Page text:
Steve's blog: Reporter is first in line for "boat stories"

By Steve Phillips - bio | email

BILOXI, MS (WLOX) - There's a joke around the newsroom that I'm the reporter that gets called on for every "boat story."

And that's not far from the truth.

Actually, I readily volunteer for such stories.

It seems a little ironic that this reporter who grew up "land locked" in central Illinois, should be first in line for stories that involve trips on the water.

Fact is, I love being on the water.  I frequently go on assignment with the Department of Marine Resources.

These water stories have included oyster reef stories, shrimping stories, boating safety stories or the occasional trips to the barrier islands.

Most recently, I was on the water with Mississippi Power Company which was holding its fourth annual Renew Our Rivers program.

That worthy program involves recruiting dozens of volunteers and boats to comb area waterways, picking up litter and debris. They've collected more than 100 tons of marine debris since the program began.

This year, the clean-up along the Tchoutacabouffa River resulted in less trash than in past years. I hope that's a good sign.

Boaters, fishermen and anyone else who enjoys our beautiful waterways must also carry the responsibility to keep those rivers and streams clean.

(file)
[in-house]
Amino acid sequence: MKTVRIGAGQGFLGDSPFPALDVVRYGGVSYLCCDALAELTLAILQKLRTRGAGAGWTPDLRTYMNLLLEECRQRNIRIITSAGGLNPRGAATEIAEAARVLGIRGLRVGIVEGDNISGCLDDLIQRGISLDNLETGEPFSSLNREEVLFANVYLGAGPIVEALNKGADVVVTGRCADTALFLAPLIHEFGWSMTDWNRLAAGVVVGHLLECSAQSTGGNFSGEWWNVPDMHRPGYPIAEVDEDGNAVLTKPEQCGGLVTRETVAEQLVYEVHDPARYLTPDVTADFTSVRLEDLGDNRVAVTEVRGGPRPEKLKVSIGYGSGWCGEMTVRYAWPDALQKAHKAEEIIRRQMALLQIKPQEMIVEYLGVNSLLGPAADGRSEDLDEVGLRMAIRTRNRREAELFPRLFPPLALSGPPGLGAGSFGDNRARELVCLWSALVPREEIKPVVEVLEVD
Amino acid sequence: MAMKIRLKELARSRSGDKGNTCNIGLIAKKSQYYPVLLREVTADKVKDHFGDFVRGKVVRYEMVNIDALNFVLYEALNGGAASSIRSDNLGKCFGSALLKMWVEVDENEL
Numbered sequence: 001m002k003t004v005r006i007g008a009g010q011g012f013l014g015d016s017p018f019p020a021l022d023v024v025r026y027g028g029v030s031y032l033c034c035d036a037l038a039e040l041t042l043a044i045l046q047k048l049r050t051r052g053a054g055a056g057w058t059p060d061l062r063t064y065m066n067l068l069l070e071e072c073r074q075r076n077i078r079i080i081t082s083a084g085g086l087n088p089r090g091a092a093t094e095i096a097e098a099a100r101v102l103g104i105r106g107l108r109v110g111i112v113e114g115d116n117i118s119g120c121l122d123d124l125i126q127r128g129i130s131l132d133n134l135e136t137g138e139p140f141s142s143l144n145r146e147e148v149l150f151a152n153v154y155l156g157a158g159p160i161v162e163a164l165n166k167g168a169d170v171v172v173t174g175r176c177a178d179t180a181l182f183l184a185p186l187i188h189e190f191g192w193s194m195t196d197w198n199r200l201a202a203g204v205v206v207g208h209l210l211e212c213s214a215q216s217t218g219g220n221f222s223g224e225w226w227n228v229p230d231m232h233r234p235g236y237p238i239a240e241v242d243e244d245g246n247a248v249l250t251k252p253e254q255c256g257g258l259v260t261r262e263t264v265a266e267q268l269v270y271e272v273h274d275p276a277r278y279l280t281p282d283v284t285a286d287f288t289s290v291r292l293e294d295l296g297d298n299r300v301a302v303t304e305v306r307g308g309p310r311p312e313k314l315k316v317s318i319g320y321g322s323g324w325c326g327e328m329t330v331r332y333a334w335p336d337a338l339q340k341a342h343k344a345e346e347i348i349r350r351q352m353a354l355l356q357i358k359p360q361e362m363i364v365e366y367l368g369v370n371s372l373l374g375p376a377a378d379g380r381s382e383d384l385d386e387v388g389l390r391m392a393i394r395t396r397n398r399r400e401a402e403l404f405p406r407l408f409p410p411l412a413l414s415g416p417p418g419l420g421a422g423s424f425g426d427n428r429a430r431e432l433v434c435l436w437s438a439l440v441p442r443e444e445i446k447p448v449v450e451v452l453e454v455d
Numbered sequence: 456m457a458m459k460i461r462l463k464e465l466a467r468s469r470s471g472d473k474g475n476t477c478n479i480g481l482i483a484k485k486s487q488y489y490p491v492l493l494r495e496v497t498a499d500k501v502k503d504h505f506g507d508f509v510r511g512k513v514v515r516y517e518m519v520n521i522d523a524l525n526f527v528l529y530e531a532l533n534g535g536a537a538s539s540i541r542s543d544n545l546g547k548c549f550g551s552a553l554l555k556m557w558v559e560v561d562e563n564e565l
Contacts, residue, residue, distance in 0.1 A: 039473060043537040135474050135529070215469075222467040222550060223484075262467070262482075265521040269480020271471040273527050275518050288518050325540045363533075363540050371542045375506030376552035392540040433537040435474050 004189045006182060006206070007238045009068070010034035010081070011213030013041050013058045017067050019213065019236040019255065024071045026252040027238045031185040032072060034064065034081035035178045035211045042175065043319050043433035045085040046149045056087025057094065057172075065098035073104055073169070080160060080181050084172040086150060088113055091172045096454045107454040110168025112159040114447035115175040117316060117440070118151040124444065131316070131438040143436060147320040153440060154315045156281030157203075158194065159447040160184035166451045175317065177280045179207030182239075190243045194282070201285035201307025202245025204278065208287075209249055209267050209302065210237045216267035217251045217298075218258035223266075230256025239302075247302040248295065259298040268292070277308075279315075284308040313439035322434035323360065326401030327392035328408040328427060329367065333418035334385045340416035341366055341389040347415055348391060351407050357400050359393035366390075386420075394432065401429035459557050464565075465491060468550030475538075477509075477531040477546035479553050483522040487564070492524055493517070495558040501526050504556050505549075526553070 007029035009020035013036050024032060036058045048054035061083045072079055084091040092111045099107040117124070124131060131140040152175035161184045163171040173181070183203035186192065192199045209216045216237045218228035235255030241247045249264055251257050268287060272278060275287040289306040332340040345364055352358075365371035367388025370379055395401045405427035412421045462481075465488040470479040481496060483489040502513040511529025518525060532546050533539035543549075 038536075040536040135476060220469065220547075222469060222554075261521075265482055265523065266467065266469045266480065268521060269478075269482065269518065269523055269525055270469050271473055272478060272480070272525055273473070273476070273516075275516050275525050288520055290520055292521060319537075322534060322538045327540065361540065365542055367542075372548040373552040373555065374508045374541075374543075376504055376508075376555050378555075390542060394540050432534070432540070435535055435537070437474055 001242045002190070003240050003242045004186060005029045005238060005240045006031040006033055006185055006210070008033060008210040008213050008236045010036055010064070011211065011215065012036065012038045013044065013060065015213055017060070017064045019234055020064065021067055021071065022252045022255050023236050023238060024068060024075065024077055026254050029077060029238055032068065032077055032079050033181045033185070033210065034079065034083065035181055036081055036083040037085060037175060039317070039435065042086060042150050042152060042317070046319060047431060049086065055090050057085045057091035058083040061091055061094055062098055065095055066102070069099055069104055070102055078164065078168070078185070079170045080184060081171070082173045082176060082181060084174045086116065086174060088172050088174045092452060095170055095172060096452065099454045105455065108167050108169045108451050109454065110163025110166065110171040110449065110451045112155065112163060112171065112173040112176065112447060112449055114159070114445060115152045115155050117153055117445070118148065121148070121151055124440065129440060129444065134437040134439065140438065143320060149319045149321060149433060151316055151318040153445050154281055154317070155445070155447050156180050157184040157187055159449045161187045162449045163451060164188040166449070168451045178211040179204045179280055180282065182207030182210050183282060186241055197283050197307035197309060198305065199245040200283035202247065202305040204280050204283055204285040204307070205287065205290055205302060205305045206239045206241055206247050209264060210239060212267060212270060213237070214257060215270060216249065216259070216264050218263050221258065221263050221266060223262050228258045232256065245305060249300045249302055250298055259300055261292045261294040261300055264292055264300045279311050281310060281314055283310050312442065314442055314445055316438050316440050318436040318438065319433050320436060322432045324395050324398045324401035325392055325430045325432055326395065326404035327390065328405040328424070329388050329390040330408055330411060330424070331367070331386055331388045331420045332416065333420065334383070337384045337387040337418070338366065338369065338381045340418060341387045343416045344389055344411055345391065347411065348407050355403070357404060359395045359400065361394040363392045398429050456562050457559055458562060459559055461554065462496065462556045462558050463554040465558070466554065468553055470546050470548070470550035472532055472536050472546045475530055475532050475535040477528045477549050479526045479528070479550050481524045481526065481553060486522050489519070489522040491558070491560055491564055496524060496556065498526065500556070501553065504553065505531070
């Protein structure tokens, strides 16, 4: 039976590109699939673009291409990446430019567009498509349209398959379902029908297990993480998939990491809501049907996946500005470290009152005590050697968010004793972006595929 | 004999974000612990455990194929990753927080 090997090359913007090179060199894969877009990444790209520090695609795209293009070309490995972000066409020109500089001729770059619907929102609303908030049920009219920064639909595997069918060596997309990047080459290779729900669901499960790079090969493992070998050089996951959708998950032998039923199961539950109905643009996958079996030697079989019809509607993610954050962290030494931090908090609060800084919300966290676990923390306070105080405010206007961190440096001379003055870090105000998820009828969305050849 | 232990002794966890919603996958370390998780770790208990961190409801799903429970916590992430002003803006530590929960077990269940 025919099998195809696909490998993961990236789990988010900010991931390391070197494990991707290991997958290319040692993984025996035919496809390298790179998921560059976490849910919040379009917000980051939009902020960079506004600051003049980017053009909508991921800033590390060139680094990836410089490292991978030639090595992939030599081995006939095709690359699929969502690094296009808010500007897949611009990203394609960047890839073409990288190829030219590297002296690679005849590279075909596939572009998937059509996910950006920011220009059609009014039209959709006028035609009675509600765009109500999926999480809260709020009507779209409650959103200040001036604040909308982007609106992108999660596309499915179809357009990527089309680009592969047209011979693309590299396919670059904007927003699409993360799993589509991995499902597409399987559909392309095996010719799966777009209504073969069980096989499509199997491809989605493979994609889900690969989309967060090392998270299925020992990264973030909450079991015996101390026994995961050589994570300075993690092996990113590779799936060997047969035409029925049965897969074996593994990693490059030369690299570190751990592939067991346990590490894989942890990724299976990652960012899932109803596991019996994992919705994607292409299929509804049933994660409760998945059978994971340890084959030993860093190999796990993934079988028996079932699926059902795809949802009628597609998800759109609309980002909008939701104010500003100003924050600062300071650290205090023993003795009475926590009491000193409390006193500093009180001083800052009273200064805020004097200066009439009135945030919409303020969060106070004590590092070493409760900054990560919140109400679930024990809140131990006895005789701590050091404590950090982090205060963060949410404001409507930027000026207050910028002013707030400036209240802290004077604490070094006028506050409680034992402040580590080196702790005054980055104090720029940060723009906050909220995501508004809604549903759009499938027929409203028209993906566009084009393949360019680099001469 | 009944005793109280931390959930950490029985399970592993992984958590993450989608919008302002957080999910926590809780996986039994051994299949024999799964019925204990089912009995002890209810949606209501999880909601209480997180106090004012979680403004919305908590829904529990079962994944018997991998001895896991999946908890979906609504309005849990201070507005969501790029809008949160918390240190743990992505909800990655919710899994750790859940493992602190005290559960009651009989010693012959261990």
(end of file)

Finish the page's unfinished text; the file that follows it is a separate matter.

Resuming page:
It's not that difficult. Why not adopt the Boy Scout credo of leaving a camp site, or place you visit, a little nicer than the way you found it?

Pack a trash bag and pick up some litter, even if it's not your own.  If everyone would simply pick up after themselves, we wouldn't have to have river clean-ups and other programs that target debris and trash.

Along with the boat trips for work, I also spend a good deal of personal, recreational time on area waterways.

About six years ago, I invested in a kayak. It was the best investment I've ever made. During the summer especially, I try to get out in my kayak at least several times a month.  I have a two-seater, so I can take a friend or my daughter along.  Unfortunately, the wife doesn't do water sports.

My normal kayak spot is launching from Davis Bayou inside Gulf Islands National Seashore Park. That's because I live in the neighborhood next door to the park and can have my kayak in the water in about ten minutes.

I have a good friend who recently bought a kayak and we're planning a paddle to Horn Island sometime this summer as well.

A week ago, I joined a dozen men from my church for a kayak adventure on the Pascagoula River. We paddled about eight miles from Cumbest Bridge (Wade-Vancleave Road) to the Cumbest Bluff boat ramp. It was a thoroughly enjoyable experience.  You simply much check out the Pascagoula River. It's a true treasure and among the most scenic waterways I've ever paddled.

South Mississippi is blessed with an abundance of scenic waterways. Along with the Pascagoula, there's the Wolf River, the Tchoutacabouffa, and the Biloxi River.

Barrier islands are another great water spot to consider for recreation.

If you've always thought about getting a kayak or canoe, let me encourage you to take action.  You won't regret it. Not only will you be able to enjoy all these wonderful waterways, but you'll also get some good exercising.

Finally, stay safe on the water.  My Wilderness Systems kayak is bright orange for a good reason. I want pleasure motor boaters to see me, and not swamp me.

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